Some people talk fast, some talk too slowly, and some are moderate. In public speaking, those who speak at a moderate rate are the easiest to follow over any given length of time.
I knew of a speaker in Toronto who believed that talking as fast as you can was ideal. I beg to differ. Talking at an extremely fast pace for any given length of time will challenge your audience to listen as fast as they can. The problem with this scenario is that hearing, understanding and then remembering the message is very tiring if you, as the listener, are constantly trying to keep up with the speaker who is traveling at 100 mph.
It is important to understand that the faster you speak, the more likely you are to trip over your words.
I am not an advocate of those who speak too slowly either because they try our patience. The dawdlers or those who continually insert long pauses between thoughts or even phrases lose their audience. I want you speaking at a speed that is comfortable for both you and your audience.
It is best to keep your pace somewhere between 140 and 180 words per minute. A good exercise is to set a timer for 1 minute and begin reading your speech. How far did you get? Count your words.
If you are giving a presentation, on the other hand, use your opening which you should have memorized. Write it out word for word, count the words, and then put that script away. Set your timer for 1 minute and begin your opening. When the timer goes off, stop, make note of where you ended and then count the words from your script.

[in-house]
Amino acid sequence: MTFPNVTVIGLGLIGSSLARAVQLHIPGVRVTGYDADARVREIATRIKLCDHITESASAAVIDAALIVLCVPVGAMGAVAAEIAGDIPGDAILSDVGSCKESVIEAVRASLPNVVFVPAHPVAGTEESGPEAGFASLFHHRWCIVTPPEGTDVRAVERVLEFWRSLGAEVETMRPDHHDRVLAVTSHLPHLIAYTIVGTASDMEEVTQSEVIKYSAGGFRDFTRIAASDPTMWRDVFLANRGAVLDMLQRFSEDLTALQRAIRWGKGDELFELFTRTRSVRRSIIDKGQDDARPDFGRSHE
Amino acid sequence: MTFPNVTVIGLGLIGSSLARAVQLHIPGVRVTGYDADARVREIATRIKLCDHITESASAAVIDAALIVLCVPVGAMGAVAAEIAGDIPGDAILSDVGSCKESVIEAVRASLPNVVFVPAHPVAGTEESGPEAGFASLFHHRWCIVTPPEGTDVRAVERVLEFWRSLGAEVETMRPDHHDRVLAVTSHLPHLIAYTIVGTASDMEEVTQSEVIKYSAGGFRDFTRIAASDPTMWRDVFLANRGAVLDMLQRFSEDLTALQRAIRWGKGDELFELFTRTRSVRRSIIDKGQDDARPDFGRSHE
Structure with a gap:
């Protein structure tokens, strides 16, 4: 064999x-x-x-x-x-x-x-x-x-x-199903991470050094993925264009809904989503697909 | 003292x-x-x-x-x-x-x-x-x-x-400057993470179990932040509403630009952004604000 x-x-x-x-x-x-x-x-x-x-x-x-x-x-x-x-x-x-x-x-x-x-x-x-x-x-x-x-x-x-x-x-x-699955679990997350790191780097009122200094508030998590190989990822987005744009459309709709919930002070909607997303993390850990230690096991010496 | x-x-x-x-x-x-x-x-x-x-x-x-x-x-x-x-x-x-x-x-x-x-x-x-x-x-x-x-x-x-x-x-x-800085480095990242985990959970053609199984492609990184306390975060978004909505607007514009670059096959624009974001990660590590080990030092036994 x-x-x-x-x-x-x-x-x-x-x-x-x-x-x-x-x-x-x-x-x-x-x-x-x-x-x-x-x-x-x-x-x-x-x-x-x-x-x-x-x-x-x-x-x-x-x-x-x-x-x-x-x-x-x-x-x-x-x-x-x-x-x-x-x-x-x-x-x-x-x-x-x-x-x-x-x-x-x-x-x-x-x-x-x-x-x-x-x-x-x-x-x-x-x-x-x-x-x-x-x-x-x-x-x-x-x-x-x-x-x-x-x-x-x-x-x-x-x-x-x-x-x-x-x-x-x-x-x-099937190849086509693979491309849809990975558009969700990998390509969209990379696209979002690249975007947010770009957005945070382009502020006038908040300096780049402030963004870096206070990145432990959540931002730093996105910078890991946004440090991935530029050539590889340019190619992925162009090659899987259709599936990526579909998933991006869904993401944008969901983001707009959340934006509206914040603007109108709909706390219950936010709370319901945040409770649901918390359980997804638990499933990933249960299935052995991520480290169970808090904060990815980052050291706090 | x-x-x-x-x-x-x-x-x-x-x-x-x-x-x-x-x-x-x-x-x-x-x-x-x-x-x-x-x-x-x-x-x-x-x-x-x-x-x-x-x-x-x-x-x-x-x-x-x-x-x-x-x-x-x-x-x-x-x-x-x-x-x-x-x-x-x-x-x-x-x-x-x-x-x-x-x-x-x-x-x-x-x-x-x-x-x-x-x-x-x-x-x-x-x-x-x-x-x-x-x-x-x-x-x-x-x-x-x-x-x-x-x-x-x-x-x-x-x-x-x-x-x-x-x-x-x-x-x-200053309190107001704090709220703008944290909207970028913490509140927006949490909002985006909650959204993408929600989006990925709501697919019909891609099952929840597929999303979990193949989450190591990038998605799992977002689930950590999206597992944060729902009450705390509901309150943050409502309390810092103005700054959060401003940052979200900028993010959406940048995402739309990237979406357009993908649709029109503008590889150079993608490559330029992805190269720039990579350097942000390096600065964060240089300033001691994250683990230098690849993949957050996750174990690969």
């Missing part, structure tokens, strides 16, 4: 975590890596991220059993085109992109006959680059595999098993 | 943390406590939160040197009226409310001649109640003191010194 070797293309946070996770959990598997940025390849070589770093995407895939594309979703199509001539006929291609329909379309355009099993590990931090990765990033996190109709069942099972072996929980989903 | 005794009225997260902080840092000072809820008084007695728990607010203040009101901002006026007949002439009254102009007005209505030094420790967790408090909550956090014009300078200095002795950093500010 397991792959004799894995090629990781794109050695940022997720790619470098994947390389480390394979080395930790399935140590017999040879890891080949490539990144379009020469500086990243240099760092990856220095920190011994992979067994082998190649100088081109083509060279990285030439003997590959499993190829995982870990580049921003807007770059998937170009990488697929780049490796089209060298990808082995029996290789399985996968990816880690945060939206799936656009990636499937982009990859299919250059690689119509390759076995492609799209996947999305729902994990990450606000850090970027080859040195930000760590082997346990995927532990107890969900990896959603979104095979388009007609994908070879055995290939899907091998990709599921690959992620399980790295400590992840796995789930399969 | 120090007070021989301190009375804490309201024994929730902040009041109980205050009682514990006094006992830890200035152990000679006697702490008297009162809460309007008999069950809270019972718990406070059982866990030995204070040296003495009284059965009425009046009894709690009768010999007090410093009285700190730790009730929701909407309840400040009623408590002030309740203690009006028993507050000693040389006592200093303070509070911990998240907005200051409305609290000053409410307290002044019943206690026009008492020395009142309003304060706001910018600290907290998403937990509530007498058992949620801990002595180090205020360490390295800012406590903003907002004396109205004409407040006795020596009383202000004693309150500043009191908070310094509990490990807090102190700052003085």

If you are speaking too fast, practice slowing down. This is where a recorder can come in most handy. Often those who speak too fast have difficulty slowing down because they wrongly believe that they will be too slow. This has never happened with any of my clients. Whereas they previously may have been speaking at 100 mph, when they consciously lessen their pace, they discover that they are going about 80. Still speeding but not as dangerous as 100!
If you speak too slowly, practice speaking in tandem with an audio book. Get both the audio and visual formats, play the CD and read in time with the professional.
Speed really does matter in presenting and you should take advantage of this public speaking tip. If you want your message to be heard, then learn how to control your speed. Your job is not to tire your audience but to enervate them with your words.
The Voice Lady Nancy Daniels provides private, group and corporate training throughout the United States and Canada as well as Voicing It!, the only video training program on voice improvement and presentation skills. Visit Voice Dynamic and voice your opinion in her new blog.